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Lobbying Legislatures

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Author Info

  • Bennedsen, Morten

    (Department of Economics, Copenhagen Business School)

  • Feldmann, Sven E.

    (University of Chicago)

Abstract

We analyze informational lobbying in the context of multi-member legislatures. We show that a single decision maker and a decentralized majoritarian legis- lature provide widely di .erent incentives for interest groups to acquire and transmit policy relevant information. The paper also shows a di .erence in the opportunity to a .ect policy through lobbying between a parliamentary legislature and a legislature with low voting cohesion,such as the U.S.Congress.We show that the incentives to lobby a parliamentary legislature are much lower than to lobby Congress.The results provide a rationale for why lobby groups are more active n the U.S.Congress. The key institutional feature to explain the di .erent behavior of lobby groups is the vote of con .dence procedure,which creates voting cohesion in a parlia- mentary system across policy issues.We show that the .exibility of creating majorities in the Congress creates an incentive for interest groups to play an active role in the design of policy in the congressional system,while the voting cohesion in the parliamentary system dissuades interest group ’s incentive to engage in information provision.

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Bibliographic Info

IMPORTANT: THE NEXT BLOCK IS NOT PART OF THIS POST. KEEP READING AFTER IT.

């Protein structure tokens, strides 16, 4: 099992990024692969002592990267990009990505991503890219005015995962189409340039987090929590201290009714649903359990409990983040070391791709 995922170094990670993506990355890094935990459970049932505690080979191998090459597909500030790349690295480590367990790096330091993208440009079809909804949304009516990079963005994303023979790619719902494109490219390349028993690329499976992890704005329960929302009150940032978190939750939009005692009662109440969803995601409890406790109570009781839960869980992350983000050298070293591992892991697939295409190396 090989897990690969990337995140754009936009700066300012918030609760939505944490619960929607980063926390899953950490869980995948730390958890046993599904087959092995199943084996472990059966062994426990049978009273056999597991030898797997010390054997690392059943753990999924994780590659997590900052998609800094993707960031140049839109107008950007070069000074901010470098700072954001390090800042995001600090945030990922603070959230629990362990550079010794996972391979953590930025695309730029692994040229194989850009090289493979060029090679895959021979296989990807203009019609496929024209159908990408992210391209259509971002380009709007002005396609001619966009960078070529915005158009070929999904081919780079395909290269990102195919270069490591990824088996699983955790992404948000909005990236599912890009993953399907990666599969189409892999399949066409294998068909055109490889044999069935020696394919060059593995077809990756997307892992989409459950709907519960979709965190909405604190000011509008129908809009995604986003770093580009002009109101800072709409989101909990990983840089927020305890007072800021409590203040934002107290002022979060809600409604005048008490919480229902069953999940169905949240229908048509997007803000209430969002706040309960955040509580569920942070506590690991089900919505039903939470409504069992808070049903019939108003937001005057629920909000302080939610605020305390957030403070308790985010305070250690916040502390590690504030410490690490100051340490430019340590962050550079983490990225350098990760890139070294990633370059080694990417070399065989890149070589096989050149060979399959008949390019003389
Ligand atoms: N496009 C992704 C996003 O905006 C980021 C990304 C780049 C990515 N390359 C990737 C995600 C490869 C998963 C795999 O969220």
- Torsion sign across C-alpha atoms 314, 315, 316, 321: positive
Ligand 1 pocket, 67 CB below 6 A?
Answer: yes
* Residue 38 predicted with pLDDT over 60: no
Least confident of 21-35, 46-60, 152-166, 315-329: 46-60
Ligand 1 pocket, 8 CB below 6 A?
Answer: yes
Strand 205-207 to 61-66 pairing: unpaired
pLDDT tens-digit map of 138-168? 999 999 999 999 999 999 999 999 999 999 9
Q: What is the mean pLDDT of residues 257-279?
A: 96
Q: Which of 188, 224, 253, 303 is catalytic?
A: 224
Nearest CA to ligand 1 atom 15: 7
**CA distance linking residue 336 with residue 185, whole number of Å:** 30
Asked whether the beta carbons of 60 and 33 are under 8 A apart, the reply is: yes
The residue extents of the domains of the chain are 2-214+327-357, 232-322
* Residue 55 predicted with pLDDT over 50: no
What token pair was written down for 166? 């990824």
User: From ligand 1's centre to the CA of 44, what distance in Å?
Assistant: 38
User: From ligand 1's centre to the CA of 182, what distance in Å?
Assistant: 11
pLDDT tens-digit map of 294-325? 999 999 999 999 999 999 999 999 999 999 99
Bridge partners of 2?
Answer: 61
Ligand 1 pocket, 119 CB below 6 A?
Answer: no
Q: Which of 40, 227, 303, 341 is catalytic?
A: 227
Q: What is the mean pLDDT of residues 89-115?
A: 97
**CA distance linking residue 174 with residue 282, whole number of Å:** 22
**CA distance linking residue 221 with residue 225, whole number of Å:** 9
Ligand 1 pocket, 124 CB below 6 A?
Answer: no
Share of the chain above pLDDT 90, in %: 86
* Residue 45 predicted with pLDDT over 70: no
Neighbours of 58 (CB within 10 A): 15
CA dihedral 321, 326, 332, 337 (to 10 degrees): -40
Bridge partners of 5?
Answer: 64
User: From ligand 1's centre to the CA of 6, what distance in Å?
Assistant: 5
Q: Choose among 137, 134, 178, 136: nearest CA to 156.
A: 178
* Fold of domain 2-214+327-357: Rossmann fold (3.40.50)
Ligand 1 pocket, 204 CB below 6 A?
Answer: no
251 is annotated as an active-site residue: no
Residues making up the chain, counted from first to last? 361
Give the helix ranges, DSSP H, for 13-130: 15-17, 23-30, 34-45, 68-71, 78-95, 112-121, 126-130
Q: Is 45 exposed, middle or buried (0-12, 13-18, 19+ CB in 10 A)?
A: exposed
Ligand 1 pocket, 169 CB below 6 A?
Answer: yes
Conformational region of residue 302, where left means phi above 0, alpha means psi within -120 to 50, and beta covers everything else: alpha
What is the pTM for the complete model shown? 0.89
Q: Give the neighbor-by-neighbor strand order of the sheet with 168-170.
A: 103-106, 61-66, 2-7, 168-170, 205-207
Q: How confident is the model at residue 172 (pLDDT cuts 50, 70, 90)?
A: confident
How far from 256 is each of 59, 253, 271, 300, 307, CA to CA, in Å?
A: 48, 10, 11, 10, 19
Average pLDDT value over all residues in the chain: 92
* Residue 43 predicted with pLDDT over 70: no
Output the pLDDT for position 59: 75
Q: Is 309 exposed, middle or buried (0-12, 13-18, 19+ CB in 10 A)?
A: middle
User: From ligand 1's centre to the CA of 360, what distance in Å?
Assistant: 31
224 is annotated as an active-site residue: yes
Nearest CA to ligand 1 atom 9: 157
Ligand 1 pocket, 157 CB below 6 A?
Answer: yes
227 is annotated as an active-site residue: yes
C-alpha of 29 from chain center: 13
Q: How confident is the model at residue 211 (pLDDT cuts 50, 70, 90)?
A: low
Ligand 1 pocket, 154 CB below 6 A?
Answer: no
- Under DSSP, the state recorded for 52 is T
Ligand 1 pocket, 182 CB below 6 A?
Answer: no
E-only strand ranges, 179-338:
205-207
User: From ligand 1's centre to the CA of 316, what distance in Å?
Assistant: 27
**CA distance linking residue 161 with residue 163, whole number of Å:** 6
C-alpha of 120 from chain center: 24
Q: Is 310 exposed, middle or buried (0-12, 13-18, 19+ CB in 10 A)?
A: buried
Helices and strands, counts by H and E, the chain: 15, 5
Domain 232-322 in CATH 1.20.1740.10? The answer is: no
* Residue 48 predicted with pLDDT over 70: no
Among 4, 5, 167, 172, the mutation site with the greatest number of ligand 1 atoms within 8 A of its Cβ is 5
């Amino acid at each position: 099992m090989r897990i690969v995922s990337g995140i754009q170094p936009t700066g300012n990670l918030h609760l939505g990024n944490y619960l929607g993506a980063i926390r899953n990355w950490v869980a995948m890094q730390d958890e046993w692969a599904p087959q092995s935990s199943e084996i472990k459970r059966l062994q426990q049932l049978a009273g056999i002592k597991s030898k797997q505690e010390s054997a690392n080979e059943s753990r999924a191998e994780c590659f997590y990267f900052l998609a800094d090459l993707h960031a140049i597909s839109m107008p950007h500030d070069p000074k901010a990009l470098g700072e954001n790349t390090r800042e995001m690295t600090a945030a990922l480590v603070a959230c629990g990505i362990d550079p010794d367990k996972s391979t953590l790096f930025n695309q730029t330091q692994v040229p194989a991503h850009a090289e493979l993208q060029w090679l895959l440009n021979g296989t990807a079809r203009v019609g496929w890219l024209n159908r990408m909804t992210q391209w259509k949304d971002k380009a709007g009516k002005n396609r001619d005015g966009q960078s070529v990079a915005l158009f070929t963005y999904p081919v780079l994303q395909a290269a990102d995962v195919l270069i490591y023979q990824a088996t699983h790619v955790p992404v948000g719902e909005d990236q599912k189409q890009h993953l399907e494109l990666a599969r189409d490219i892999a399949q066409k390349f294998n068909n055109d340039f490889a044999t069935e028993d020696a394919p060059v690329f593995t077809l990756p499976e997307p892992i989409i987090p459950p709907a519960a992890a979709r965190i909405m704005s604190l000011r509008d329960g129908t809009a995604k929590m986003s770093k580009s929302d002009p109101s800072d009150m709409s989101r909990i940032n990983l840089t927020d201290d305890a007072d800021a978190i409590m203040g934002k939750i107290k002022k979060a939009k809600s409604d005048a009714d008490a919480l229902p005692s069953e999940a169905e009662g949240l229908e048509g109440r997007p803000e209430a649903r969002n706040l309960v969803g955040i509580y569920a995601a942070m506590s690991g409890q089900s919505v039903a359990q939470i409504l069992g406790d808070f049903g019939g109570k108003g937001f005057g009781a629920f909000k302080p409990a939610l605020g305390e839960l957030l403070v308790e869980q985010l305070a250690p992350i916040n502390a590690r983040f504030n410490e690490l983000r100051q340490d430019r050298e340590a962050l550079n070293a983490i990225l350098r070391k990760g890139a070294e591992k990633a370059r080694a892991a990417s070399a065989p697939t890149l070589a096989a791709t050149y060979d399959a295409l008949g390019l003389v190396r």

Paper provided by Copenhagen Business School, Department of Economics in its series Working Papers with number 07-2000.

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Length: 36 pages
Date of creation: 01 Jun 2000
Date of revision:
Handle: RePEc:hhs:cbsnow:2000_007

Contact details of provider:
Postal: Department of Economics, Copenhagen Business School, Solbjerg Plads 3 C, 5. sal, DK-2000 Frederiksberg, Denmark
Phone: 38 15 25 75
Fax: 38 15 34 99
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Web page: http://www.cbs.dk/departments/econ/
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Keywords: Informational lobbying; legislatures; U.S. Congress;

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References

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  1. Helpman Elhanan & Persson Torsten, 2001. "Lobbying and Legislative Bargaining," The B.E. Journal of Economic Analysis & Policy, De Gruyter, vol. 1(1), pages 1-33, November.
  2. Stratmann, Thomas, 1992. "Are Contributions Rational? Untangling Strategies of Political Action Committees," Journal of Political Economy, University of Chicago Press, vol. 100(3), pages 647-64, June.
  3. Laffont, J.-J., 1999. "Political Economy, Information and Incentives," Papers 99.516, Toulouse - GREMAQ.
  4. Weingast, Barry R & Shepsle, Kenneth A & Johnsen, Christopher, 1981. "The Political Economy of Benefits and Costs: A Neoclassical Approach to Distributive Politics," Journal of Political Economy, University of Chicago Press, vol. 89(4), pages 642-64, August.
  5. Persson, Torsten, 1998. "Economic Policy and Special Interest Politics," Economic Journal, Royal Economic Society, vol. 108(447), pages 310-27, March.
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